The Foster Parent Shift: The Impact of Foster Parenting on Friendships
“That will never happen to us.” This is what I thought when a veteran foster parent shared about the impact foster parenting has had on her friendships. She said that her circle of friends changed a lot because some of her close friends prior to foster parenting weren’t supportive of foster parenting. While I was so sad to hear that she had that experience, I thought I knew our close friends well enough to say they would all be very supportive. Sadly, I was wrong; it did happen to us.
Our first two foster children were only with us a few days, so not many people got a chance to visit. Our third child was with us for three months and we had so many visitors during that time. Unfortunately, some of the people we considered very close friends, who also lived five minutes away, did not come to visit. I told them it really hurt us that they did not visit him. Their response was “well, we didn’t know how long he would be with you.” I didn’t know what to say to that, but it didn’t sit well with me.
Later, I was talking to another foster parent whose first foster child left after one day. She told us that their good friends showed up on the very first day their next child arrived because they did not want to miss out on meeting any more of their kids. That statement made me realize that this is the way true friends act and made me understand why I felt so let down by my other friends; I expected them to have that kind of attitude.
When our next child came, these friends still made no effort to meet him. They saw us for a totally unrelated reason and did meet him then, but there was no effort before or after that to see him, though he has now been with us over 15 months. They also said some other things I found really insensitive which showed that they do not understand foster care and have no wish to be educated. After a while, they just disappeared from our lives entirely, which confirmed that they were not the good friends we thought they were.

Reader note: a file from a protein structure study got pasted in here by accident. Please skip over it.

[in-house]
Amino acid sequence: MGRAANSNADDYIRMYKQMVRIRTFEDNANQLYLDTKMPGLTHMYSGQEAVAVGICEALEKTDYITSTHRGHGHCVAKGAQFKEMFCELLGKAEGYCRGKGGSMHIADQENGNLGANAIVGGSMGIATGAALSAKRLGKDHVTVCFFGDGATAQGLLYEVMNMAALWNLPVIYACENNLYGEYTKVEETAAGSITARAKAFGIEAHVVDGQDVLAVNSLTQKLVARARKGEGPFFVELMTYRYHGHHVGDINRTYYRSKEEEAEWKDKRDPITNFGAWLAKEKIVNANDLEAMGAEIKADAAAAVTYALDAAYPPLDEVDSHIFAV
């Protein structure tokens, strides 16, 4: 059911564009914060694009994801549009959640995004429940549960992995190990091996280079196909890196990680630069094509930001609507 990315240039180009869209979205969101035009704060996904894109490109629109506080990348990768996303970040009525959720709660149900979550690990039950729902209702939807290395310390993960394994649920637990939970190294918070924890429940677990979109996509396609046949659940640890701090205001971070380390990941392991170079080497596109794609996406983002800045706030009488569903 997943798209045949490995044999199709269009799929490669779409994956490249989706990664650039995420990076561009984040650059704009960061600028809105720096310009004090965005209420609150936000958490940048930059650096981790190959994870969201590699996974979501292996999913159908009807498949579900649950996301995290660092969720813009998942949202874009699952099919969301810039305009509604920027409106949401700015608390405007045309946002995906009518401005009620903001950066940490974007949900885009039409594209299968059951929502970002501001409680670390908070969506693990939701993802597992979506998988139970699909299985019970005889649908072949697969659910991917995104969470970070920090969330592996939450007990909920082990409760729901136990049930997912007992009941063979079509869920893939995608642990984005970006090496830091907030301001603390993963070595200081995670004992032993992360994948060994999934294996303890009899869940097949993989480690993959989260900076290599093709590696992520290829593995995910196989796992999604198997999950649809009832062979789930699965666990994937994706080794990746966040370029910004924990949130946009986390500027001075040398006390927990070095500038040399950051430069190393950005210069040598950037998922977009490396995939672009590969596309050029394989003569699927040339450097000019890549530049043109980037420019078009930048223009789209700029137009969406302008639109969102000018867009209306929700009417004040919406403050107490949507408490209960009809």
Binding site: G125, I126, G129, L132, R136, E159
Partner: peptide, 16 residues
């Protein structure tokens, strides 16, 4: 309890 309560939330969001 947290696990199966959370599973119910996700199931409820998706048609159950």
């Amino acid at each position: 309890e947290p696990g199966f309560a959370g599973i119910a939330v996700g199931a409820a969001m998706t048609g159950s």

People like that are not people I want in my life and they are definitely not people I want around my children. It may seem extreme, but my children take priority. Like any parent, I have no room for friends who refuse to value my children. I also believe that how people treat vulnerable people, like foster children, reveals their true character and I do not regret the loss of that friendship, however painful.
The changing friendship dynamics haven’t been all bad. We gained more friends than we lost and I think we have healthier and more enjoyable friendships as a result. Some of our closest friends now are another foster family and it’s hard to believe we’ve known them less than two years. While I may have been disappointed by some friends’ negative reactions, I was blown away by the love and kindness of other friends and acquaintances.
Our experience, though not uncommon, is not universal. You may not lose any friends. I know many foster families who have amazing communities who really rallied around them. One thing that does seem to be universal, however, is that foster parents gain wonderful new friends in the foster parent community who are great sources of support, encouragement, and fun.